By bringing him miraculously back to life, the film gave into the cliche so prevalent within the science fiction genre that you don't have to worry because we can bring back anyone from death. It greatly reduces the stakes and gravitas if SF can continually pull this rabbit out of a hat. And they do it often, be it in literature, films, TV, and comics.

And I never was thrilled by that whole katra concept to begin with.
Hey, all I have to do is place all my memories & persona inside another being's mind and poof, I'm reborn.

Oh, and the entire process only takes seconds with no apparent preparation that we know of.

Id this SF or the Magic Land of Alakazam?

The creators evidently believe that momentum will be extinct in the twenty-third century. When the Excelsior loses forward thrust, it coasts to a stop!

Sidebar: Well, I've said it before and I'll say it again. SF films and TV shows have NEVER let real science get in the way of telling a story. Even when scientific consultants could propose a way to have the science accurate and still not lose the drama of the moment.

After conning Kruge's men into coming over to the Enterprise just before it blows up, Kirk and company beam down to the surface of the Genesis planet.

Wouldn't it be better to beam over to the nearly empty bird of prey and commandeer the ship from Kruge?

Sidebar: Maybe, maybe not. Kruge could anticipate such a tactic and have booby-traps for any unwelcome visitors. Even a lone Klingon could be a handful to deal with in a confrontation.

Kruge could also set it up in case of an invasion that his vessel will self-destruct just like the Enterprise did.

Also, once his men had beamed over to the Enterprise, Kruge would raise his shields on his ship, thus preventing any transporter beam to get through.

Also, in "The Day of the Dove" episode of ST:TOS, we saw Kirk have Scotty beam up a bunch of Klingons to the Enterprise, along with Kirk and his landing party.

Scotty then materialized only the landing party, while he kept the Klingons in the transporter buffer until Kirk summoned security with phasers to be in the transporter room when the Klingons were finally materialized.

Shouldn't Kruge wonder if such a tactic could be used on his men as they beam over to the Enterprise?

Not to give Kruge too much credit here, but he is a warrior and would be trained to think tactically in these situations.

However, I did wonder why Kruge's star ship was unable to scan the Enterprise and see that it was building up to a total explosion? Perhaps the Enterprise's shields prevented it?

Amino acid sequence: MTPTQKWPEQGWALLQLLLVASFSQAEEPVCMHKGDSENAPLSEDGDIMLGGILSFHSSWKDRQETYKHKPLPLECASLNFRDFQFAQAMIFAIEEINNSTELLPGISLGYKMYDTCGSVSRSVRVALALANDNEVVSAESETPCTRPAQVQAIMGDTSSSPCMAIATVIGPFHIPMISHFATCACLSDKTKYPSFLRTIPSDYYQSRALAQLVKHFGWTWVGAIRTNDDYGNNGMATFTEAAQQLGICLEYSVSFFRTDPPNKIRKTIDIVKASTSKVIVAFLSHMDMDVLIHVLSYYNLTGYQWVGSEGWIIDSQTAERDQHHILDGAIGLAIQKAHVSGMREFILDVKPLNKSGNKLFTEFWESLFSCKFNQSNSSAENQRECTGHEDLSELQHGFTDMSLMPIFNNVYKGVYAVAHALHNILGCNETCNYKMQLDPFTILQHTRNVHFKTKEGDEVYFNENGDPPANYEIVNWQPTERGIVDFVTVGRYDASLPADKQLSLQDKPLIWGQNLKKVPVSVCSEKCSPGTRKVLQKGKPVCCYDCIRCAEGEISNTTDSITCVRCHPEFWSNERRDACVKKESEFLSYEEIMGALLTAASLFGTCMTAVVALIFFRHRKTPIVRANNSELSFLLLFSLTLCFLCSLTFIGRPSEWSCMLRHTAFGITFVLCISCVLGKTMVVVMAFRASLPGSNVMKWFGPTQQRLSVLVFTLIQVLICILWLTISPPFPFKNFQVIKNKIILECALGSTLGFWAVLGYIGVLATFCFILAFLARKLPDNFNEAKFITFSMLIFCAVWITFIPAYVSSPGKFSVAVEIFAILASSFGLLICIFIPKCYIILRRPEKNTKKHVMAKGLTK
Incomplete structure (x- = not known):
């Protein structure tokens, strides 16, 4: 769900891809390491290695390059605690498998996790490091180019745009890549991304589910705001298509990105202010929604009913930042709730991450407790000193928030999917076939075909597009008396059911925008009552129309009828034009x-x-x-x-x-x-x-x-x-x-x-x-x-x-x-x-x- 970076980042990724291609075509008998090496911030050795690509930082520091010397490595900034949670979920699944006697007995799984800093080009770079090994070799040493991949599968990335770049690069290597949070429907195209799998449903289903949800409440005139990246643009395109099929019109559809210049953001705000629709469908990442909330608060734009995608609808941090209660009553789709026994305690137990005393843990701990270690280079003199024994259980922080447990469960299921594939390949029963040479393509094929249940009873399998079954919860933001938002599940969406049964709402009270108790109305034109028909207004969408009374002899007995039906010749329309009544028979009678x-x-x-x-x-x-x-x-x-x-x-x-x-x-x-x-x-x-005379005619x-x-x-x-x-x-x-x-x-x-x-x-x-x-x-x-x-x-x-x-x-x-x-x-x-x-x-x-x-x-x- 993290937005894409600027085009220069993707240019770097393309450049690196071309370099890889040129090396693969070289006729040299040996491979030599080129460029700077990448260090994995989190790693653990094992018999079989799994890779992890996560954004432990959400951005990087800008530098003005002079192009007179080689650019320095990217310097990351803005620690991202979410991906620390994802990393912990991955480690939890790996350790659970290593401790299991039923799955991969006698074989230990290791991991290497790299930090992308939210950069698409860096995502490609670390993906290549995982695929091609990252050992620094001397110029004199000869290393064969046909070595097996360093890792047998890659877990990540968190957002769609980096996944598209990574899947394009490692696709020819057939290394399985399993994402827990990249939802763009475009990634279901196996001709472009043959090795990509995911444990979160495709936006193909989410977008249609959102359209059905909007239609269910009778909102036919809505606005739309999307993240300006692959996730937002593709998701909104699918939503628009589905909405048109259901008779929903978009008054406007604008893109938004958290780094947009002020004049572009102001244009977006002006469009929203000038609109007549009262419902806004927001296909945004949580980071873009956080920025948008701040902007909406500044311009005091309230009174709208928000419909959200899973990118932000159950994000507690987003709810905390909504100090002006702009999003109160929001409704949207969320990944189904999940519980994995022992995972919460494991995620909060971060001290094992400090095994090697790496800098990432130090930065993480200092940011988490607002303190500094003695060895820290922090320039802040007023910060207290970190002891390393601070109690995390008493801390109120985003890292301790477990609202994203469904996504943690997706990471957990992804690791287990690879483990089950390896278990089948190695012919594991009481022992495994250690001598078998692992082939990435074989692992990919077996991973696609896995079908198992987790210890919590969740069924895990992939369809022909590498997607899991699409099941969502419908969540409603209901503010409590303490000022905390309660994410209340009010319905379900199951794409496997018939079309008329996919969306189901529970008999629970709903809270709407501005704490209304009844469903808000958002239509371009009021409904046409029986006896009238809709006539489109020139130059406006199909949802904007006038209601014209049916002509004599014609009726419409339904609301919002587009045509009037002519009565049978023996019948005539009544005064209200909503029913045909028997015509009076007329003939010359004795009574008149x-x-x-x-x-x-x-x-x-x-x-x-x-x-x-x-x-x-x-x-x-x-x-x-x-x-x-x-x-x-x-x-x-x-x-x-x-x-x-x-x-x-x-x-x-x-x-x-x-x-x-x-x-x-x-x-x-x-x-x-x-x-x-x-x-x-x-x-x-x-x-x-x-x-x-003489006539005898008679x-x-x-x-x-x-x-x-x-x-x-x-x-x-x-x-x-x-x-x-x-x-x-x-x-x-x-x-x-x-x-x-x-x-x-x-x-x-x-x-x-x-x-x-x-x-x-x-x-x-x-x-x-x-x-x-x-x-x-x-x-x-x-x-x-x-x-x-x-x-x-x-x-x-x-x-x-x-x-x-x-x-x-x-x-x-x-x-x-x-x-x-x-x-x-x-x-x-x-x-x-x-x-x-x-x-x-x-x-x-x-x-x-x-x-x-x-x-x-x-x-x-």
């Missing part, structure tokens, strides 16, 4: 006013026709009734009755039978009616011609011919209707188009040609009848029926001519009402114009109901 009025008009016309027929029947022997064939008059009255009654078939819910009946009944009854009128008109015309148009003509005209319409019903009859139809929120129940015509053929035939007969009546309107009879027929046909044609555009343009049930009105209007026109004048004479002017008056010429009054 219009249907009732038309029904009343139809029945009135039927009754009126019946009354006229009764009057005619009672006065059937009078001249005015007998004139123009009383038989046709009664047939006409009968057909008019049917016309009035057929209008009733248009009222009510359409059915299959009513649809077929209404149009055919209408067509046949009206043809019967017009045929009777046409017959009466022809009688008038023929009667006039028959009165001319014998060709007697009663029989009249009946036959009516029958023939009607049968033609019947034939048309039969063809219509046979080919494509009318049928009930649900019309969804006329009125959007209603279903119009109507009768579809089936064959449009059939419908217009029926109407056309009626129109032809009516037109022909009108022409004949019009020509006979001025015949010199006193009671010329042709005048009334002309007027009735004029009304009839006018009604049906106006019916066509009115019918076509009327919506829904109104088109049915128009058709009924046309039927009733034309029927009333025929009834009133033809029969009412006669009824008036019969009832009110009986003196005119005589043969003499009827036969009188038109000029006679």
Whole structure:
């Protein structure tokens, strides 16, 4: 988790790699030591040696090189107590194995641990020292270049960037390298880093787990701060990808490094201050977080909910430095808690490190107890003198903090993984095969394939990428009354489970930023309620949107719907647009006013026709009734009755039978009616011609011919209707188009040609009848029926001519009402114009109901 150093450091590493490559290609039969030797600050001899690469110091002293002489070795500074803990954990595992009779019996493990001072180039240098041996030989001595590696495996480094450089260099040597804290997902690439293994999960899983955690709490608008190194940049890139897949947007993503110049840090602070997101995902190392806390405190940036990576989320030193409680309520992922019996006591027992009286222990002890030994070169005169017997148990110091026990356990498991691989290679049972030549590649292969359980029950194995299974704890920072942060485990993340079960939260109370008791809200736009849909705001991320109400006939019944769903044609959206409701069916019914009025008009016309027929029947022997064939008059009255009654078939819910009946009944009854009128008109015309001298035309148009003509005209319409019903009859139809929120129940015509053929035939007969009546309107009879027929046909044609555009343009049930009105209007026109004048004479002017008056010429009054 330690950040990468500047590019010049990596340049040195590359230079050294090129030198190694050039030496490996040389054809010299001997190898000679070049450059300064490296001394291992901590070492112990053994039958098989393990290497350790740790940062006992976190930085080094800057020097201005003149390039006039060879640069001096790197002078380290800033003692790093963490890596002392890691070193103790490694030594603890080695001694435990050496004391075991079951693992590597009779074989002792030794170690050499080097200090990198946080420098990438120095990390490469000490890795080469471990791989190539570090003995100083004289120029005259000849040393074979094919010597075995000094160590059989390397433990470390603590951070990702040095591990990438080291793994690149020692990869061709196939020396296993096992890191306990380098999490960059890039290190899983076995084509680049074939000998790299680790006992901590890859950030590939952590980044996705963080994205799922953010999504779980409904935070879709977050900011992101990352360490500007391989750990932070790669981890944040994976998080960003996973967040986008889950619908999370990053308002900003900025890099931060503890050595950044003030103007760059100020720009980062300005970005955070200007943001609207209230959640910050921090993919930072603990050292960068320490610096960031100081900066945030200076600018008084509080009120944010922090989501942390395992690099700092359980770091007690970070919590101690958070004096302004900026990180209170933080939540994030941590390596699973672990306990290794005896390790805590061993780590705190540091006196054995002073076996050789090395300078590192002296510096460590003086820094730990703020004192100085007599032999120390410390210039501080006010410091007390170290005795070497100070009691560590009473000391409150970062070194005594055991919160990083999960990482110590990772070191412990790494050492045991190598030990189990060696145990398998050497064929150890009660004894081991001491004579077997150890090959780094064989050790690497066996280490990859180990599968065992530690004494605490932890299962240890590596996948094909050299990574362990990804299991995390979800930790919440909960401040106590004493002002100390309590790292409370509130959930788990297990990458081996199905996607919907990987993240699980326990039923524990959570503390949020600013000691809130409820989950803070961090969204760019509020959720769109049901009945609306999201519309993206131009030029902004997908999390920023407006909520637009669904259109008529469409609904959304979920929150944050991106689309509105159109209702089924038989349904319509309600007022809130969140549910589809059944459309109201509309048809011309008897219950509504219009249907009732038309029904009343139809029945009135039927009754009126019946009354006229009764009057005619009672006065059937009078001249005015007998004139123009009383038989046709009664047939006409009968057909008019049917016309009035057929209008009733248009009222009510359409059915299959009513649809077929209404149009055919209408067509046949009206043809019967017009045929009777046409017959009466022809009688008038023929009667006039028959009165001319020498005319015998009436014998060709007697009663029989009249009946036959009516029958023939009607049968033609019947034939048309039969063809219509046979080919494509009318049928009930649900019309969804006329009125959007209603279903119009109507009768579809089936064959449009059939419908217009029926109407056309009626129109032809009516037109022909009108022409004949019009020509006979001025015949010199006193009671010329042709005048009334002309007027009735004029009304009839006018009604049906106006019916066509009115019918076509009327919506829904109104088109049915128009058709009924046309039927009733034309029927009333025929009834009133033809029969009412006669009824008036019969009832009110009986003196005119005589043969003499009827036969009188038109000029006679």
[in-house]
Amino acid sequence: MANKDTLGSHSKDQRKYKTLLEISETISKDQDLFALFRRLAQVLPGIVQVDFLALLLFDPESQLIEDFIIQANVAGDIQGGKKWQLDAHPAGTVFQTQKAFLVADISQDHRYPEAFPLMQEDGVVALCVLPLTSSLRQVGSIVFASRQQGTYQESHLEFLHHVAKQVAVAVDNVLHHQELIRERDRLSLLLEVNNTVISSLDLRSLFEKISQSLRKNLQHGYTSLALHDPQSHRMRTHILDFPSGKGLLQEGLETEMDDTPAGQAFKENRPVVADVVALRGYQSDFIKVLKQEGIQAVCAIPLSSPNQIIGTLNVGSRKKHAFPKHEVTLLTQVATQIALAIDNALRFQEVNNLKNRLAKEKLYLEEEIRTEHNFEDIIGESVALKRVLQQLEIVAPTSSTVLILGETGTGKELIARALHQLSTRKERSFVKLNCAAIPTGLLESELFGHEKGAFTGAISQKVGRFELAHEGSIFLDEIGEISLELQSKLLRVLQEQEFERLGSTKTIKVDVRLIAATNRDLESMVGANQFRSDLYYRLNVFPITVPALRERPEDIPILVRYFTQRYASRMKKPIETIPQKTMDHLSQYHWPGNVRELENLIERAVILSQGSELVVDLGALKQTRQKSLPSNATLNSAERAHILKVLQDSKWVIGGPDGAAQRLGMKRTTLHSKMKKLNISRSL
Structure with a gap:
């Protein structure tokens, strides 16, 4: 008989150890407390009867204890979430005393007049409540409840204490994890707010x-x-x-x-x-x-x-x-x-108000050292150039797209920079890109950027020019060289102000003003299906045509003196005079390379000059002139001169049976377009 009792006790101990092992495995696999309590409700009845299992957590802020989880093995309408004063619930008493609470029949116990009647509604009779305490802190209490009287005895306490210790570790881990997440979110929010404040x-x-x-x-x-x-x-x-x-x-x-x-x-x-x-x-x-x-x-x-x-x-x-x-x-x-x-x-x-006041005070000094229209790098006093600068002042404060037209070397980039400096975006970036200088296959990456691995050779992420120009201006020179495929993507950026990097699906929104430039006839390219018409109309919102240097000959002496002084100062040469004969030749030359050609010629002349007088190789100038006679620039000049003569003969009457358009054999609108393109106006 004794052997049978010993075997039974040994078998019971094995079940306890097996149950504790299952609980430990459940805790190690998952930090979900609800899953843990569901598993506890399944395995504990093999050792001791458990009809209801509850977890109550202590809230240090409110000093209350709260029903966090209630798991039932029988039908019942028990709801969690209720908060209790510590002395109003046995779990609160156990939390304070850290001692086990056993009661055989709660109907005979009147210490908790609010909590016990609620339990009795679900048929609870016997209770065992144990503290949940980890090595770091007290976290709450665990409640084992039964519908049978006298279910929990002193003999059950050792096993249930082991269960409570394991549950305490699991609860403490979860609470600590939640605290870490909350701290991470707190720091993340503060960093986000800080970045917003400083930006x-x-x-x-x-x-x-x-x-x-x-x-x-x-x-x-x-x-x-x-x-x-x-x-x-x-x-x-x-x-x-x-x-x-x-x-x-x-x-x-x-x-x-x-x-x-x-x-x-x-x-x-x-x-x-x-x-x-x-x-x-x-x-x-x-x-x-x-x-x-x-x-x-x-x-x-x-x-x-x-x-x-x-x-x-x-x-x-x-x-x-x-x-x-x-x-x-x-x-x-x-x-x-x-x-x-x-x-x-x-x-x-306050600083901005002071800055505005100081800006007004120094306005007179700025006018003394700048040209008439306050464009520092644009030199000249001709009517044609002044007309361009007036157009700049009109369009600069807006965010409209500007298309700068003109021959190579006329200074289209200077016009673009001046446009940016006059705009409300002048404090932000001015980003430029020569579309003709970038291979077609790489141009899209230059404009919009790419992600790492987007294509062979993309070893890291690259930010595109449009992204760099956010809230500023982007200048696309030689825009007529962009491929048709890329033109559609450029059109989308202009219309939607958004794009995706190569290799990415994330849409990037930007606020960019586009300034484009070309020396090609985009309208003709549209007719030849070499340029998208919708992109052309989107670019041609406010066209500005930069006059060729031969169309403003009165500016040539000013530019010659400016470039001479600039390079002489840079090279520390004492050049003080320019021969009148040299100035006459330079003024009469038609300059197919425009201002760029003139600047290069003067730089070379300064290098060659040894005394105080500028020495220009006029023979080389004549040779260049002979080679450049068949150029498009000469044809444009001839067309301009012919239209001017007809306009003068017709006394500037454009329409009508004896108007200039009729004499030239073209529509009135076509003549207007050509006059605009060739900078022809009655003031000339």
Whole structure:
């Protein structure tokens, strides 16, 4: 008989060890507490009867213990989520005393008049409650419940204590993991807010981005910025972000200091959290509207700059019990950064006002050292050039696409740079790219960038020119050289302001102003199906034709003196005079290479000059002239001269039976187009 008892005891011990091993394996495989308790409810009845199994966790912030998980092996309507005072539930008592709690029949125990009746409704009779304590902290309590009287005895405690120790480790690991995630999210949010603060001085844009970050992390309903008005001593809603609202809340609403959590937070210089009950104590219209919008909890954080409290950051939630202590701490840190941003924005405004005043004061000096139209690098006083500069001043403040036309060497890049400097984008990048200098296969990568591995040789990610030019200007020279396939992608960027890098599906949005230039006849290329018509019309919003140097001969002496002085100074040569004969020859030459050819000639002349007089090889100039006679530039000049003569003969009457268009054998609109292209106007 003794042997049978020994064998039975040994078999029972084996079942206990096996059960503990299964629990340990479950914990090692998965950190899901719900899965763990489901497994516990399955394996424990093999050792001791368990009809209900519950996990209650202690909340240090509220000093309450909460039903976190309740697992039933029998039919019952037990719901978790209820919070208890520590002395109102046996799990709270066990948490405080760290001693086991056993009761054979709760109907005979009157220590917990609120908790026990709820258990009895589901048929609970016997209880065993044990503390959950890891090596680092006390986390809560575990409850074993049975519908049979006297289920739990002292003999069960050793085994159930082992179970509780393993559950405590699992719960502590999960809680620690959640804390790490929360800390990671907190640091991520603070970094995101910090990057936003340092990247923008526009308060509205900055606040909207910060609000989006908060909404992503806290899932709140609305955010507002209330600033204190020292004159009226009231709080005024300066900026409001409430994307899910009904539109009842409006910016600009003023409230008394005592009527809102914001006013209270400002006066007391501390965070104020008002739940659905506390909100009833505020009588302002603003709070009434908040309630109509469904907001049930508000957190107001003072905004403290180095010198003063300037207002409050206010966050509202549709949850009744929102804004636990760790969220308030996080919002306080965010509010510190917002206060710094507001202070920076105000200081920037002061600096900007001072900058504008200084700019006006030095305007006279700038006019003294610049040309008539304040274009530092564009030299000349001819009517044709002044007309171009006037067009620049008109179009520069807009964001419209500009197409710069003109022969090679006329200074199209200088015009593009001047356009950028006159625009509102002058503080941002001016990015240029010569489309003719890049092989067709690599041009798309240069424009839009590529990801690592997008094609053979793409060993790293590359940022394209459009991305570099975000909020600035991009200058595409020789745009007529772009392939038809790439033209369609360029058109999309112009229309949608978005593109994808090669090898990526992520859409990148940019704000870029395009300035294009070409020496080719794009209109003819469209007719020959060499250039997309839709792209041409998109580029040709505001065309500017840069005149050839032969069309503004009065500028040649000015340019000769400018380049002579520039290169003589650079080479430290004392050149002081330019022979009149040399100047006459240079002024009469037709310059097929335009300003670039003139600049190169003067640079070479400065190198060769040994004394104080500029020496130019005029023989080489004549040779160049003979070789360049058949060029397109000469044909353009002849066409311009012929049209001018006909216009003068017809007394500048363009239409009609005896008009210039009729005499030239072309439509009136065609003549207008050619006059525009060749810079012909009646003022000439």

At the end of the movie, Sarek wonders at the great cost of bringing Spock back to Vulcan. Specifically he mentions the death of Kirk's son, David.

David didn't die because Kirk wanted to bring back Spock to Vulcan. David probably would have died at the hands of Kruge no matter what happened.

The Klingon captain claims he wants prisoners when his vessel first approaches the Grissom, but Kirk said that Klingons don't take prisoners in Star Trek: The Wrath of Khan.

Sidebar: True. We've seen this don't take prisoners dogma applied to Romulans as well, and then flaunted because the story demands it.
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Bud Brewster
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PostPosted: Mon Jun 13, 2022 7:35 pm    Post subject: Reply with quote

__________________________________________________

Mike, you've carefully described many of the reasons why I feel that this sad excuse for a movie should be tossed in the trash and forgotten forever. Rolling Eyes

The "old ASF" had long post by me that described a much better story than this said excuse for Star Trek cinema did. But I won't bother describing it from memory, here.

You'll just have to trust me when I say that my version would have thrilled Trekkers . . . instead of insulting them. Sad

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Last edited by Bud Brewster on Tue Jun 14, 2022 10:51 am; edited 1 time in total
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scotpens
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PostPosted: Tue Jun 14, 2022 1:02 am    Post subject: Reply with quote

Bud Brewster wrote:
Correct me if I'm wrong, but do we ever get to see the original Klingon ships in the other TOS-cast movies, other than in ST: TMP? If not, that seems strange. Weren't the three Klingon ships in ST: TMP actual models — and wonderfully detailed models, too!

So, were they destroyed after the movie was made? Sad

There was actually only one model, multiplied via optical printer. It was displayed at the Smithsonian in the 1990s, but I don't know its current whereabouts.